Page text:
Op-Ed: When Bloomsday became Zoomsday
On the calendar of literary high holy days, June 16 reigns supreme. It’s the date in 1904 on which Irish novelist James Joyce set his novel “Ulysses.” Lovers of the book call it Bloomsday after Leopold Bloom, the novel’s central character, and find all kinds of ways to celebrate the seemingly average day lived by its characters.
“Ulysses” is set in Dublin. Joyce boasted that, should the Irish city ever be obliterated, it would be possible to reconstruct it just from the pages of the book. As his characters move through the city — Bloom, his wife Molly, and the semi-autobiographical Stephen Dedalus — they connect and interweave with their fellow Dubliners in ways that define density and urbanity. They share newspapers, take communal meals, gossip, run errands, attend funerals, ride public transportation, begin love affairs, visit brothels and drink copiously.
Some of those activities mark Bloomsday celebrations globally. The revels range from public readings in bars to retracing Bloom’s or Stephen’s wanderings through Dublin to annual migrations of Joyce scholars to whichever university has invited them. They present papers and share their obsessions for about a week, including the occasional late-night game of Joyce charades, where the trick is to come up with the dirtiest bits for the other team to act out. (How would you perform “scrotumtightening sea”?)
But this year the party, like so much else, will move online. Zoomsday, as it’s been dubbed, will be virtual. Folks will commune around the world while sitting safely at home. They’ll enjoy songs and readings from quarters both expected (Dublin) and not (a reliably excellent lineup in Buffalo, N.Y.).
My Zoomsday contribution will be a commemoration of a beloved Joyce mentor and friend, John Bishop, who died last month of COVID-19. He taught at UC Berkeley and if you were lucky enough to be his student, you learned more than literature. His brilliance, generosity and sense of play channeled Joyce’s uniquely comic vision of love and death. His landmark book dealt with “Finnegans Wake,” Joyce’s infinitely complex final novel, though later the work that drew him as a scholar was “Ulysses,” with all its fidelity to daily life.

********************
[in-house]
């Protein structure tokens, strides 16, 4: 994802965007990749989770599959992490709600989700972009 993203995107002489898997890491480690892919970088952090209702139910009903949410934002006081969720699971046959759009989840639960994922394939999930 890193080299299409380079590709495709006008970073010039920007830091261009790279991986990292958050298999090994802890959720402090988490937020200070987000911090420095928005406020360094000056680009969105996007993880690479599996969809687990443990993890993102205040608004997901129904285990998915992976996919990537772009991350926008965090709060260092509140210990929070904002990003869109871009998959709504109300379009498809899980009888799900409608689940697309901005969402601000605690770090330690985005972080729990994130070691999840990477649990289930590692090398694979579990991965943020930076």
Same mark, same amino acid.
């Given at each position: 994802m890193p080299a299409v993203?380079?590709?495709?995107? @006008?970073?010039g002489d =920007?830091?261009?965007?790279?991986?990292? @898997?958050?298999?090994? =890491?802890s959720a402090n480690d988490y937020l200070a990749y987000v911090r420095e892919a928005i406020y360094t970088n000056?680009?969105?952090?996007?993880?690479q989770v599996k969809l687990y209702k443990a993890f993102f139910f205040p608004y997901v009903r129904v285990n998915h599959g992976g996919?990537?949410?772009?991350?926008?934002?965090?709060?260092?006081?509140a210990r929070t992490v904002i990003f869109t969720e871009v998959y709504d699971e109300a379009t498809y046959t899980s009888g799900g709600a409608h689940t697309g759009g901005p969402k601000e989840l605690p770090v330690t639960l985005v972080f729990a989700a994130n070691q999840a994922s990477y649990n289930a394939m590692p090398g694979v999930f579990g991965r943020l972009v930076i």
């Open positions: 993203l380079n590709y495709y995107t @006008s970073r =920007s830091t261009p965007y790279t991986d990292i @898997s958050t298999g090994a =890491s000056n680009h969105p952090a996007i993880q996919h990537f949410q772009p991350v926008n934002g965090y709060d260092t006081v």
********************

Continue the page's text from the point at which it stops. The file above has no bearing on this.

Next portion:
That presentation of daily life is exactly what makes “Ulysses” a challenge to read. Its many ways of showing us how we think, from present sensations to past memories, can be confusing at first, especially when Joyce keeps changing the game on us in each successive chapter. And some of the countless jokes in “Ulysses” can be formidable. For example, Bloom muses about his “hi grade ha” upon returning home, the final “T” rubbed off the inner band through years of use.
The rewards of the book vastly outweigh the effort of getting to know it. To “read” Molly, Stephen and Bloom is to encounter them as real people — so much so that my students frequently regret toward the end of the book that they can’t know what happens next. I have to remind them that it really is fiction.
Joyce’s conflation of life and art is built on a multitude of shared human experiences, appetites and intimacies, so many of which have been upended now. It is faithful, as well, to personal isolation and sorrow, states particularly relevant to 2020. In a loud and crowded hotel bar, beset with knowledge that this afternoon is the moment when his wife is beginning an adulterous affair, Bloom sinks: “All is lost.”
When the public again returns to full contact — with embraces and smooches, and eating together — what will matter most is not the freedom to shop without masks, or to fly without fear. What we’ll be hungry for is the strength of culture to pull us together. As with the study and love of a difficult author, those concerts and movies and cultural gatherings will again become the commonality through which we define our lives.
“Ulysses” has a fabulous statement along these lines, silently spoken by Stephen Dedalus. Stephen is thinking of how Shakespeare and all great art takes readers not only up to our most exalted condition, but also back to our existence at its most ordinary. It goes like this: “Every life is many days, day after day. We walk though ourselves, meeting robbers, ghosts, giants, old men, young men, wives, widows, brothers-in-love, but always meeting ourselves.”
In spirit at least, that is what Bloomsday usually is, and what we have to look forward to when the pandemic ends — by next year, we hope, and especially the one after that, 2022, the centenary of the publication of “Ulysses.” In Los Angeles, far from Dublin, UCLA and the Huntington Library, Art Museum, and Botanical Gardens will mount celebrations in the book’s honor. Those of us who treasure Joyce will meet each other again, in our city, in his city and all the others presently invisible to us. All is not lost.
Colleen Jaurretche is continuing lecturer in English and writing at UCLA. She is co-founder of Libros Schmibros Lending Library and has just published her most recent book on Joyce, “Language as Prayer in Finnegans Wake.”
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